I was completely wrong. Here, we have a well edited documentary with professional cinematography and CD-quality sound. The music is performed live, even MJ's vocals. The planned show was first-rate, stocked with some of the best dancers and musicians from all over the world.
MJ does look rail-thin, his movements are subdued, and he shows his anxiety at times, particularly when he complains about getting punched in his inner ear. Or is the music simply too loud?
But his voice is in surprisingly good shape, and he retained his vocal arrangement talent until the end. One of the few new songs is actually up there in performance quality with his "Thriller"-era work: the title song. This, despite sharing composer credit with Paul Anka, who is infamous for the lyric "You're having my baby! What a lovely way of saying how much you love me!"
One also appreciates the work that went into the tour. The acquisition of talent, such as musicians, dancers, back-up singers, the choreography, the mini-movies and their makeup and special effects. Much of this is due to Kenny Ortega, a man with lengthy musical experience who knows how to put such a show together.
And he's also aware that the most important task of all is to keep MJ positive and confident. If this means becoming a sycophantic suck-up, and turning the dancers into cheerleaders for MJ (they howl in excitement when The Gloved One pretends to grab his crotch), then that is the lesser of two evils. Certainly, it is better than watching the production come crashing down along with MJ's fragile, eccentric, and reclusive personality.
But the rehearsals are coming together. Even a perfectionist such as MJ is encouraged. During a performance of "I'll Be There", a transcendent moment happens, the entourage cheers spontaneously, and MJ breaks into a smile. Things break down a bit shortly later, but the moment was important and undeniable, and MJ knows it.
MJ is the biggest winner here. This movie is the closest thing to a happy ending for his career, which foundered in the early 1990s due to predatory child abuse lawsuits. MJ is either guilty of child abuse, or he's not. If he's not, then his own acts of charity were used against him, and he is the biggest celebrity victim of America's intense witch hunt against such crimes (meanwhile, tens of millions of U.S. children receive inferior education in public schools that leaves them unprepared for adult life. Tax dollars are better spent on schools, than on warehousing the dropouts in prisons).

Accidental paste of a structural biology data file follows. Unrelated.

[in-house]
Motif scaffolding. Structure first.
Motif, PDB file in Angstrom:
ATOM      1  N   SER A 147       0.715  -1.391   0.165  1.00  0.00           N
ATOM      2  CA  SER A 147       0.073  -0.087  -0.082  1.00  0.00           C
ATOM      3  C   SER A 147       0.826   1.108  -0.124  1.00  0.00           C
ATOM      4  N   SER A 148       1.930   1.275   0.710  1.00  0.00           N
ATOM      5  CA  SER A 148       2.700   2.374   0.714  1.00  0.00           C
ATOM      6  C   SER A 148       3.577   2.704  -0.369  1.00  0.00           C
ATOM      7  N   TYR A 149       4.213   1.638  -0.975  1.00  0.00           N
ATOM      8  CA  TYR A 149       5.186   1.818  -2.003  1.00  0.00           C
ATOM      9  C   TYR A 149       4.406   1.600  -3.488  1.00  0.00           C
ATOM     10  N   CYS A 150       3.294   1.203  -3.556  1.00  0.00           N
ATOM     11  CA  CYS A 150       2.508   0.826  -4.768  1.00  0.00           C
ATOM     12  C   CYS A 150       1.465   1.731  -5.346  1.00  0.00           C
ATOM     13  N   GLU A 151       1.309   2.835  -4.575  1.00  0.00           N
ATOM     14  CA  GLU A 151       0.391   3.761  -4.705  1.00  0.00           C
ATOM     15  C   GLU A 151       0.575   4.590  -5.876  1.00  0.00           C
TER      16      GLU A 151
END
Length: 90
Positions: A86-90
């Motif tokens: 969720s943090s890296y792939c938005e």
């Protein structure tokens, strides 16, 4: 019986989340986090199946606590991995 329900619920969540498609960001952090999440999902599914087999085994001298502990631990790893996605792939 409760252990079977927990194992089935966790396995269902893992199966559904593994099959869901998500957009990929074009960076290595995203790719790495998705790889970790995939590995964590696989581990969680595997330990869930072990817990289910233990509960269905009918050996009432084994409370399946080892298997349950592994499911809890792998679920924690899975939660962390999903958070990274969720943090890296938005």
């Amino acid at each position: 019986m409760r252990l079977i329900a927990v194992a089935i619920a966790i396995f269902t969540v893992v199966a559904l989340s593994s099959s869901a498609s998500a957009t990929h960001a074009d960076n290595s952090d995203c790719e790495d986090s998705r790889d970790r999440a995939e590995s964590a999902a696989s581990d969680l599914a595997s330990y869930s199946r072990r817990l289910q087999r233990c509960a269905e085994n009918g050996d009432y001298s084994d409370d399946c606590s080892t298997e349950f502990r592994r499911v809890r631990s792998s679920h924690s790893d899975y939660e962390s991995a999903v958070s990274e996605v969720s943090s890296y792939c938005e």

Many people still believe that MJ is guilty of child abuse, and thus is worthy of eternal condemnation and/or damnation. Perhaps so, but all those who accused him of such things had powerful financial motivations to do so. The public grief after his death suggests that our constitution still holds, and perhaps the innocent are considered that until proven guilty, after all, even if it takes 15 years, an acquittal, and a premature death for the consensus to arise.
There is more to This Is It than MJ. Audiences are also exposed to Orianthi, a young female electric guitarist who can play Eddie Van Halen's "Beat It" solo note-for-note. And the movie redeems director Kenny Ortega, whose Newsies Disney musical was a notorious flop back in 1992.
In recent years, Ortega was the director of the massively successful High School Musical franchise, although those movies are presumably dire (I admit not having seen any of them). Perhaps the real talent behind the HSM series is the casting director, who put spectacularly attractive teens (e.g. Vanessa Hudgens and Zac Efron) in the leads.